“So we act as if everything is fine?”
“Everything is fine. Until we need to get home, everything is on schedule.”
There was a rustling behind Dancer and she glanced over to see Portillo entering the cockpit. His shoulders were curled forward and he was holding his hands in loose fists. He looked like a forlorn orang-utan whose favourite tire swing had been removed from his cage. Dancer bit her lip and got up, stepping towards Portillo.
“How is he?” she asked in as soft a tone as she could manage.
“Still asleep. He woke up once while we were landing. He was ranting, almost feverish. I’ve never seen him like that. He’s always been in control.” Portillo spoke as if delivering a eulogy and, Dancer thought, in some ways it was. Portillo had idolised Hibbard, looked up to him like a boy looks up to his father or a confident, older cousin.
They were very similar in some ways, both cautious and watchful of things they did not understand. They both thought things out before acting, approaching everything rationally, but Hibbard was calmer and more self-assured. Once he’d thought things through, he was confident in his conclusions and would fight for what he thought was the right action. Portillo, on the other hand, always lacked confidence. He would back down when questioned and never trusted his own ideas.
“He kept repeating the same thing over and over,” continued Portillo, sitting down in his seat and leaning forward, resting his elbows on his thighs. “He kept saying, ‘they don’t want us here. They want us to leave. They don’t want us here.’”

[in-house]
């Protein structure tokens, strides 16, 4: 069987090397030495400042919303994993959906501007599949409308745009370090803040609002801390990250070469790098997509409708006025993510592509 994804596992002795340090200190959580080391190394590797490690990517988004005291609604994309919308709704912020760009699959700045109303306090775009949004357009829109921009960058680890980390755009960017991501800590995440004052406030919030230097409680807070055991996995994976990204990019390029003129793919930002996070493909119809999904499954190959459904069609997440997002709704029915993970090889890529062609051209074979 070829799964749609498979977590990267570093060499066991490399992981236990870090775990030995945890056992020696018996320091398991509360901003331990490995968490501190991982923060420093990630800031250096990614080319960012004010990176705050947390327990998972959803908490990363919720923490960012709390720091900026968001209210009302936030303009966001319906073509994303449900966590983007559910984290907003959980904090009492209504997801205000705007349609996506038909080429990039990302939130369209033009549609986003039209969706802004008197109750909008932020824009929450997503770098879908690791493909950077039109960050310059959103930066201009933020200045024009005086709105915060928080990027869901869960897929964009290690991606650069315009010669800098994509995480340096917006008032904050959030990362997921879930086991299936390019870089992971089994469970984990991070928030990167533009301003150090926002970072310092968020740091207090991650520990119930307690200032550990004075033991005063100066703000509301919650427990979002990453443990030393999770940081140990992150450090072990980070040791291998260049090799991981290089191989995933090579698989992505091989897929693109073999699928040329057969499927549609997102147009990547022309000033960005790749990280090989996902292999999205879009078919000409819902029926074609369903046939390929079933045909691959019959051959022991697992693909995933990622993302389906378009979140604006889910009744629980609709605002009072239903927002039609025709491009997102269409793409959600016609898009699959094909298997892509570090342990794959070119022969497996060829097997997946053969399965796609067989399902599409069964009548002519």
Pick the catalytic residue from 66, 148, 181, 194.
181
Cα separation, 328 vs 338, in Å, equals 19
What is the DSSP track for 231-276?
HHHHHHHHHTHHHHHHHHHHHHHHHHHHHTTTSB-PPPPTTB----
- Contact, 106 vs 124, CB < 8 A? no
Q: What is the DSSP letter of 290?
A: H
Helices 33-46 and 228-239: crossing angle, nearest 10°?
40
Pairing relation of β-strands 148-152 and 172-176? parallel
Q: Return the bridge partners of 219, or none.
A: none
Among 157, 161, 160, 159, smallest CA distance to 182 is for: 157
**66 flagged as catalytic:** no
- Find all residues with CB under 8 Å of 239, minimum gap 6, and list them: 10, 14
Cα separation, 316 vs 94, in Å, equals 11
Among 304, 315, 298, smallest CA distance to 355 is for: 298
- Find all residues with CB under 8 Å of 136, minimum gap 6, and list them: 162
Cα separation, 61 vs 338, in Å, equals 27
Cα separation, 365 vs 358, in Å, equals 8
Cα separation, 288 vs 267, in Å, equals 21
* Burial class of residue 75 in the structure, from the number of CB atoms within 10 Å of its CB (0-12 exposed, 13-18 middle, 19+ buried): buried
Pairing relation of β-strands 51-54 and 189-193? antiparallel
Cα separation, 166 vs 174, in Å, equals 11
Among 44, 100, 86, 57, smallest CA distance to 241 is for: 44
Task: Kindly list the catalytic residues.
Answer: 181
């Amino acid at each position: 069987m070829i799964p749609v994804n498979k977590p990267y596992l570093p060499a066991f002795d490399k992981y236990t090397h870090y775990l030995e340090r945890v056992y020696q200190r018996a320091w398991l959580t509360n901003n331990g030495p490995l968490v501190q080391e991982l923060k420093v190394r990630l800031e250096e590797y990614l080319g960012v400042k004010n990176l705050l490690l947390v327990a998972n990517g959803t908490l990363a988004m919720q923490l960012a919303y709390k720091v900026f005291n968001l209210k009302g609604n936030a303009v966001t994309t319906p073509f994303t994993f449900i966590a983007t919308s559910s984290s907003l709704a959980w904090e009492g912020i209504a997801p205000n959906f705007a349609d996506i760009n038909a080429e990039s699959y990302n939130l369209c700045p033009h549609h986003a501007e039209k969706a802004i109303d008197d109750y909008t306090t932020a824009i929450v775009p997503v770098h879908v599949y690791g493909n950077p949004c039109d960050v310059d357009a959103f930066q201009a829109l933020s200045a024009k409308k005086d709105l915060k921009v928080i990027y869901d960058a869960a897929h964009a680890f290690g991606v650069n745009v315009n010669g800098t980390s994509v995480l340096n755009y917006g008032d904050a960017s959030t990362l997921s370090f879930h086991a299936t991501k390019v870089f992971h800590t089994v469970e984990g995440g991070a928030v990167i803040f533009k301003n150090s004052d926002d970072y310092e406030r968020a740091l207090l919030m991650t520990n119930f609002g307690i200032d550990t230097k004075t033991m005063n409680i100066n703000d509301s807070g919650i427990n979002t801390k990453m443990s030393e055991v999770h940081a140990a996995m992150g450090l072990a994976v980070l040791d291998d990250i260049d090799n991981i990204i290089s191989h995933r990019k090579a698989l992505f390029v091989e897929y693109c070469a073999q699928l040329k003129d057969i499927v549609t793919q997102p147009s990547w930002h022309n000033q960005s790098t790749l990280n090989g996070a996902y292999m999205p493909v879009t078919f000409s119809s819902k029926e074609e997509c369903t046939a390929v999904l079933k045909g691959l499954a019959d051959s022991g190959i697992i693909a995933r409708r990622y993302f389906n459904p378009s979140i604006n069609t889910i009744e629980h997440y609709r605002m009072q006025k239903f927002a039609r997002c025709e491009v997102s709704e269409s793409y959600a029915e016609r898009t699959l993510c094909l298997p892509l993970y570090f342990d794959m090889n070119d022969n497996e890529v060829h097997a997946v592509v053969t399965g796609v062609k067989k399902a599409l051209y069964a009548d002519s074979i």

“Sounds like the drugs have got him seeing little green men.” Said Kendrick, leaning against the bulkhead. Dancer ignored him and knelt before Portillo.
“He’ll settle down, don’t worry. The best thing we can do is carry on and get on with our mission. He’s just had a shock. You know him though, he’ll be fine.”
“Go talk to him. Talk to him when he wakes up and then tell me he’ll be fine.” Said Portillo in a high pitched whine.
“Is this how it’s going to be for the next nine months? Seriously?” Said Kendrick. “It’s like a school kid’s soap opera. We’re meant to be professionals here.”
“Shut up Kendrick.” said Dancer, getting to her feet.
Dancer was sitting next to Hibbard as he started to stir. They were in the operations room, a thin corridor with banks of computer consoles and the communications equipment. It was where she had been during landing. Hibbard was sat in her seat, loosely strapped in.
She had decided to keep him sedated for a couple more hours so his body could calm down and drain its adrenalin. Kendrick had been all for tying him into the captain’s chair and allowing him to wake up, letting him ‘work it out for himself’, but Dancer knew that would not help matters. She knew what it had been like in the storm. The isolation. The torment of the constant grinding sand. He just needed time to let his body calm and to let his mind take control again.
“How are you feeling captain?” she said, touching his hand. He jerked away from her as if she had given him an electric shock. Dancer glanced down at her own hand, the one that had let go of his during the storm, and felt a pang of guilt. Hibbard looked at her, avoiding eye contact. His groggy red eyes were unfocused, rolling around the features of her face like loose marbles.